Experts sound off about Otto Warmbier's condition after he was released from N. Korea
DAYTON, Ohio (WKEF/WRGT) - The exact details of what happened to Ohio native Otto Warmbier while he was imprisoned in North Korea may never be released, but he is now home, laying in a coma at a Cincinnati Hospital. The 22-year-old's damaged brain is starting an international debate.
"This pattern of brain injury is usually seen as a result of cardio pulmonary arrest," said Dr. Daniel Kanter, one of Warmbier's doctors.
The North Koreans blame the man's coma and brain damage on botulism and sleeping pills, but Warmbier's doctors disagree.
"Those tests did not reveal any evidence that would suggest active botulism," said Dr. Brandon Foreman at UC Health.
The illness is rare in the U.S. Dr. Jason Pickett at Miami Valley Hospital said the country sees about 150 botulism cases, 75% of which are infantile. Dr. Pickett said botulism paralyzes muscles that control a person's breathing and can happen "very suddenly and quickly."
Pickett said the botulism toxin starts from spores derived from soil, and can be ingested or seep into a wound.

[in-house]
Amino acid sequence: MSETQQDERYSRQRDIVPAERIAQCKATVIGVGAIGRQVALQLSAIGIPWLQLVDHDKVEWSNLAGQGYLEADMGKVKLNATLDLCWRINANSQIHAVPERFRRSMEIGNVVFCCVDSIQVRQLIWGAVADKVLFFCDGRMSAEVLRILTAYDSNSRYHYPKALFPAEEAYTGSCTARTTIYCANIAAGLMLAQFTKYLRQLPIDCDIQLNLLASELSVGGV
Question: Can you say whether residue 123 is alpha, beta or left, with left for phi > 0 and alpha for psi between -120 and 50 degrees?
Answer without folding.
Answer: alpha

"It's that injury, that lack of oxygen to the brain, that can cause brain damage," Dr. Pickett said.
"We use the toxin in botulism in a drug called Botox which eliminates wrinkles in the face," Dr. Glen Solomon at Wright State University added.
Dr. Solomon is not treating Warmbier, but he believes Warmbier's outlook is bleak.
"Brian cells don't regenerate. You're born with all the cells you're going to get," Dr. Solomon said.
Warmbier's doctors said he is blinking, but he shows no sign of understanding language.
"For someone walking into the room and they see eyes moving, they think the person is getting better, but the reality is the brain is not showing much function," Dr. Solomon said.
It leaves his family to balance quality of life against the hope of their son living.